In the world’s last totalitarian state corruption is everywhere. North Korea requires uncompensated labor from most of its population, according to Human Rights Watch. It sends workers abroad to China and Russia where a part of their salaries are forfeited by intermediary officials and the state. While the rural population is facing food shortages, dictator Kim Jong Un had an amusement park built in the capital Pyongyang. His father Kim Jong Il famously spent $800,000 a year on fine liquors.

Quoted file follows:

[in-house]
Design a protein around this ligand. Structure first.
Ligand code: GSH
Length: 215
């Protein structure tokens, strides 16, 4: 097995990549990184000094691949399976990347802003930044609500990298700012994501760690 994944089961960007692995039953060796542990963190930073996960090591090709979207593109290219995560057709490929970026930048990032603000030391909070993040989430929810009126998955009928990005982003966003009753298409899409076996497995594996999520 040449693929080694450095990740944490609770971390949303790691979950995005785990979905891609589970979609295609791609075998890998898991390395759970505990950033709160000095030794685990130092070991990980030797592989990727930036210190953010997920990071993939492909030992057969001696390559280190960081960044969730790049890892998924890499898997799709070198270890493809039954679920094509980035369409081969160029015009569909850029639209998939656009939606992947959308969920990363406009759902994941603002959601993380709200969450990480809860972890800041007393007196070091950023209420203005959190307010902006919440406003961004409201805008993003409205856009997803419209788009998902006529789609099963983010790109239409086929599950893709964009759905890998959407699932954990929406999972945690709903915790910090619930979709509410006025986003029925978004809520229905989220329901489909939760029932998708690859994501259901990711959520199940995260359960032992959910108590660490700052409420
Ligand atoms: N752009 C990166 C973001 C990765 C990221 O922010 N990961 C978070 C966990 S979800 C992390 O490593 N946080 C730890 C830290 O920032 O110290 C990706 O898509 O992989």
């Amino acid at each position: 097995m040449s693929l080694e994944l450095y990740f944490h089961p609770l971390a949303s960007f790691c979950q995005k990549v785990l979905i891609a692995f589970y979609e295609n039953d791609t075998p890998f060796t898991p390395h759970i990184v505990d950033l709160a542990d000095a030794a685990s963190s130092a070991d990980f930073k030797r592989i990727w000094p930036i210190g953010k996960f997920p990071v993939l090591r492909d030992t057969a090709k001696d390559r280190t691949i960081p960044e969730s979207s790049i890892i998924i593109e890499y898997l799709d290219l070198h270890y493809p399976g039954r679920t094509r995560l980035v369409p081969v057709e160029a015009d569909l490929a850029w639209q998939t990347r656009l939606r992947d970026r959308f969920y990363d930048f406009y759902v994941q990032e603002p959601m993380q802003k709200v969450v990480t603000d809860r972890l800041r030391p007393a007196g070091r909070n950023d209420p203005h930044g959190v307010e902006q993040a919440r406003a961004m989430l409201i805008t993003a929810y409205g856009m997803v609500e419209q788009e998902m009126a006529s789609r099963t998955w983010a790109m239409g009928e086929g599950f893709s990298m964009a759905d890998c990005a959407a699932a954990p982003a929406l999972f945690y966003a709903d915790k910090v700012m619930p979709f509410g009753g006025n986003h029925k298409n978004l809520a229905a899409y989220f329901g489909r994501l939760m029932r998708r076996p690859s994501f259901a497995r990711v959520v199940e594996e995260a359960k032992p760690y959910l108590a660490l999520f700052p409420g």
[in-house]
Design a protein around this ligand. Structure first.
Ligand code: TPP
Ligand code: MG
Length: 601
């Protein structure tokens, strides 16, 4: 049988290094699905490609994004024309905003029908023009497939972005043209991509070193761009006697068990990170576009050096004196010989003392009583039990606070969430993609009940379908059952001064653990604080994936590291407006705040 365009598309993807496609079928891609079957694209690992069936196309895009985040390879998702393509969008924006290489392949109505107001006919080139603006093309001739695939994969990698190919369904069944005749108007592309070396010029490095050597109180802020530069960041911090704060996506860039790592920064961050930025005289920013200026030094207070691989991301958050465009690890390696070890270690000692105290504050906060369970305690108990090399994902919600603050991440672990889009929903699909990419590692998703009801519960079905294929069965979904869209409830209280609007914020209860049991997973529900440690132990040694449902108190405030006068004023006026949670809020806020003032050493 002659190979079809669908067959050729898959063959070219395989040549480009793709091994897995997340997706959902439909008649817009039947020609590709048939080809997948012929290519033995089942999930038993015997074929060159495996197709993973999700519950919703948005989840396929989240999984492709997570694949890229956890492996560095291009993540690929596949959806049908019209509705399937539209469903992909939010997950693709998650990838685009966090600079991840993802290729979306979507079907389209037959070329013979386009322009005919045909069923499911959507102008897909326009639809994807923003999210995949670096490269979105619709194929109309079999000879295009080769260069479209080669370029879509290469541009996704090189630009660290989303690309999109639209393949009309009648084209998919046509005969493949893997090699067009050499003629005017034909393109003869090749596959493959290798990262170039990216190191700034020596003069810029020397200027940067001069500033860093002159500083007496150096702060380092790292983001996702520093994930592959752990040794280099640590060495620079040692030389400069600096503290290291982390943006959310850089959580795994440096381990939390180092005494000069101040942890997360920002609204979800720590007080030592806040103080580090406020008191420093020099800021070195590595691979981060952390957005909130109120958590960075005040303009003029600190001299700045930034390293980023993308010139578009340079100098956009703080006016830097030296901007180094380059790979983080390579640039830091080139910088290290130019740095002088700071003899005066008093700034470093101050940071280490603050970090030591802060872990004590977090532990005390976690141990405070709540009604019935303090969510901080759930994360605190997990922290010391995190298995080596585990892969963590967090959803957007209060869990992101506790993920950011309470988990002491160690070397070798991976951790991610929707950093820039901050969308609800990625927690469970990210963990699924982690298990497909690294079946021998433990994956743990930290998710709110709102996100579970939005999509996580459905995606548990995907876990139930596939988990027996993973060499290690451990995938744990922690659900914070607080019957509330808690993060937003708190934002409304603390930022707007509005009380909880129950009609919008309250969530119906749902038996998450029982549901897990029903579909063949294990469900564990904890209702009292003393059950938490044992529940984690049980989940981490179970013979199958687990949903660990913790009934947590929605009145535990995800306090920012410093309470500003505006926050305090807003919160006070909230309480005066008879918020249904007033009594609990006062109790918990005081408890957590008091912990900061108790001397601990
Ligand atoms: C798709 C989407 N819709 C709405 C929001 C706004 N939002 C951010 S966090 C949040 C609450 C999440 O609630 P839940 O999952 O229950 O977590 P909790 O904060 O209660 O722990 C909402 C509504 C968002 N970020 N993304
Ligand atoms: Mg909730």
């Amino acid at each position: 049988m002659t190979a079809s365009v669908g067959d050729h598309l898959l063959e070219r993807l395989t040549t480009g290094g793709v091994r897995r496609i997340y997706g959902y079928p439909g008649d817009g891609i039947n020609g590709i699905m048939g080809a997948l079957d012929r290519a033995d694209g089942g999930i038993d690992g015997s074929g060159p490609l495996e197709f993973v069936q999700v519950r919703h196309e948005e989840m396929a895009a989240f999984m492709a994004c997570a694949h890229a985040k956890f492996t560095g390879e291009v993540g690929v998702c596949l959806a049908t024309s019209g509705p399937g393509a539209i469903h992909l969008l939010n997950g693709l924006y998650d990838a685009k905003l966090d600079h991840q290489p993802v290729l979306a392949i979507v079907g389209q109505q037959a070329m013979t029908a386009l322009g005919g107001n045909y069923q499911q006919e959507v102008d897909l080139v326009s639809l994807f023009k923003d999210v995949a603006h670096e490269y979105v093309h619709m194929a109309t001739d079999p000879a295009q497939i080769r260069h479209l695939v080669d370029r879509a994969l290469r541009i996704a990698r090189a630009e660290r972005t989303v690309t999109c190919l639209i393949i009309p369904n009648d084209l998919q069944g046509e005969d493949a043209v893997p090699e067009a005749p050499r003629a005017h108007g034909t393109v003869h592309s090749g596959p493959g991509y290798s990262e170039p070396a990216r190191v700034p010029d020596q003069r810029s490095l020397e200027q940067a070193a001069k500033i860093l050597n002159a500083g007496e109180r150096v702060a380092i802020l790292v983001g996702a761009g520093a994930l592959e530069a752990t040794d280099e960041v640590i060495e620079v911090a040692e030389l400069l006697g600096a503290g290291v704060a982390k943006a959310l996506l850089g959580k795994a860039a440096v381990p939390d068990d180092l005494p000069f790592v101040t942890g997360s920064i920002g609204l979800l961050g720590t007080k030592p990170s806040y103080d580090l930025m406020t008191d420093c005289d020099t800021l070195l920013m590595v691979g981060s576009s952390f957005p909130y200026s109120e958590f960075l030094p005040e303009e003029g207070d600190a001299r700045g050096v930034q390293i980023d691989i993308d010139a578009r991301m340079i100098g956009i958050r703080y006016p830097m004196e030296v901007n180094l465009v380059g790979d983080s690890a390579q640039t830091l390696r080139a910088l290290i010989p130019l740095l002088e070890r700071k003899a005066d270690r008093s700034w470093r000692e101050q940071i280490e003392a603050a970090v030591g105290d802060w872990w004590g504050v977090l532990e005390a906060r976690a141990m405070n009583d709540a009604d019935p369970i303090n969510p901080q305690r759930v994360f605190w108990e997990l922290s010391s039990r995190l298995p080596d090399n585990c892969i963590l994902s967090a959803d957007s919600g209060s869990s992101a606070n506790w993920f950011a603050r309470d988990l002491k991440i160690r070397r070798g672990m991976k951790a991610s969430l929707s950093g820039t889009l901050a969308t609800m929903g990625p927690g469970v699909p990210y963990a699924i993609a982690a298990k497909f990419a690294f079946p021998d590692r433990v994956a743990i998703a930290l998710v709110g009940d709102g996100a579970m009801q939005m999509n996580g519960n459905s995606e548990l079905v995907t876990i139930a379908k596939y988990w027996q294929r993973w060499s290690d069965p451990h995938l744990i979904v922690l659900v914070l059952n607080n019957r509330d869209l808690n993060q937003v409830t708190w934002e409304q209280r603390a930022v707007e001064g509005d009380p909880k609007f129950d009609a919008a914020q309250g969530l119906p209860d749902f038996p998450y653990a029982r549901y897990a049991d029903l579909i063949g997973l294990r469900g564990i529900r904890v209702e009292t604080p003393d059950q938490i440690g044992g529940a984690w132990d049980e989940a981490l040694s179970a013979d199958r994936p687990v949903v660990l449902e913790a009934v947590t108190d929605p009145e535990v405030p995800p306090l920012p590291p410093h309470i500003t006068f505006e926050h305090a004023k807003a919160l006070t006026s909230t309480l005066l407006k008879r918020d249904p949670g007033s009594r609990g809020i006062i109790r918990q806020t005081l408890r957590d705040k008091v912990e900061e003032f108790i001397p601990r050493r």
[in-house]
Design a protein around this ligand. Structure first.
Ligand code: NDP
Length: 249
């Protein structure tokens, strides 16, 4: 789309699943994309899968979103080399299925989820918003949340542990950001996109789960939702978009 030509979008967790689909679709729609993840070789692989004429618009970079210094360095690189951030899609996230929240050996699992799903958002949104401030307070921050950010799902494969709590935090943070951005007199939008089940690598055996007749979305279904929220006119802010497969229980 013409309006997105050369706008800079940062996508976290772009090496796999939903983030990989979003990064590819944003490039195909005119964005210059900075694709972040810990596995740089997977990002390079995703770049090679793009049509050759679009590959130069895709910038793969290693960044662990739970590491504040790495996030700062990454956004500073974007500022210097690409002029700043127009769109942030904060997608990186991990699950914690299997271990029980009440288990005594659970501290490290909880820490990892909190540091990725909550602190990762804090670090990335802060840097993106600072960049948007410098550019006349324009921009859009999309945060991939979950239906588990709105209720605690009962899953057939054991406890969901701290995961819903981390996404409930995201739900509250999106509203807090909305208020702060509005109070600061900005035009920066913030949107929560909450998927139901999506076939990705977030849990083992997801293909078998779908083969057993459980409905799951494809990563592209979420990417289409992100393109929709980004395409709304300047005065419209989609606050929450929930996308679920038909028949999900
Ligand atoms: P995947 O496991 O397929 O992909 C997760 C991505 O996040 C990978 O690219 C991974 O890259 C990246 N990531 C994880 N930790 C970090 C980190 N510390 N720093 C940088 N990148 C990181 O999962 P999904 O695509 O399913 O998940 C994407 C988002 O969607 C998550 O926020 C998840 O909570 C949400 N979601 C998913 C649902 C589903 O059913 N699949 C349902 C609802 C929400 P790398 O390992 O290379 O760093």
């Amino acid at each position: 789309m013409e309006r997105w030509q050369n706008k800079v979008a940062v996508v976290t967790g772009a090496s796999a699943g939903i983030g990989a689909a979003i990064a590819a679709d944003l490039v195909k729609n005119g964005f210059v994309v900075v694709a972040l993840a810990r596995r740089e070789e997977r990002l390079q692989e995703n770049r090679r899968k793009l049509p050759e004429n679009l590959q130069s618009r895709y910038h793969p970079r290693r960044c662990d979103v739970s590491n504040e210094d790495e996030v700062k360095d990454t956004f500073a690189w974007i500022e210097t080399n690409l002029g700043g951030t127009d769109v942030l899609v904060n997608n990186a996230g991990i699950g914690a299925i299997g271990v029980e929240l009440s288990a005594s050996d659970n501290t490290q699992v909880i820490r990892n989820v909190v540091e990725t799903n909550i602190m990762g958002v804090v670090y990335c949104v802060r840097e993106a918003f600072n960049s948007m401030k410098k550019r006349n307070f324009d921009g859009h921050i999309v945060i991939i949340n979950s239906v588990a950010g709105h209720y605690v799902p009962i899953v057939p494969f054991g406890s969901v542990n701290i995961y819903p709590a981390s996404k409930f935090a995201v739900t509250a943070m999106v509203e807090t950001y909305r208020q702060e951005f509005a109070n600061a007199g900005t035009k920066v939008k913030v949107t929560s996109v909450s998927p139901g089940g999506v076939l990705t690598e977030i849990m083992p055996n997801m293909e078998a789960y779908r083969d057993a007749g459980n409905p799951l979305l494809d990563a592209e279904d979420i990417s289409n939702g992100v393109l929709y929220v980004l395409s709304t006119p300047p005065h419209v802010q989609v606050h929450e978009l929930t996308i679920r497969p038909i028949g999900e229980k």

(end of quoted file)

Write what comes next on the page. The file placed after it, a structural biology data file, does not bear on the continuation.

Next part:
Yet, North Korean corruption may have one beneficial: Smuggling allows for some outside influence, making it more difficult to uphold ideological discipline among its 25 million people. South Korean television dramas and Chinese cell phones are smuggled into the reclusive country. Even military officers and soldiers have been caught watching South Korean and American television dramas, including Desperate Housewives.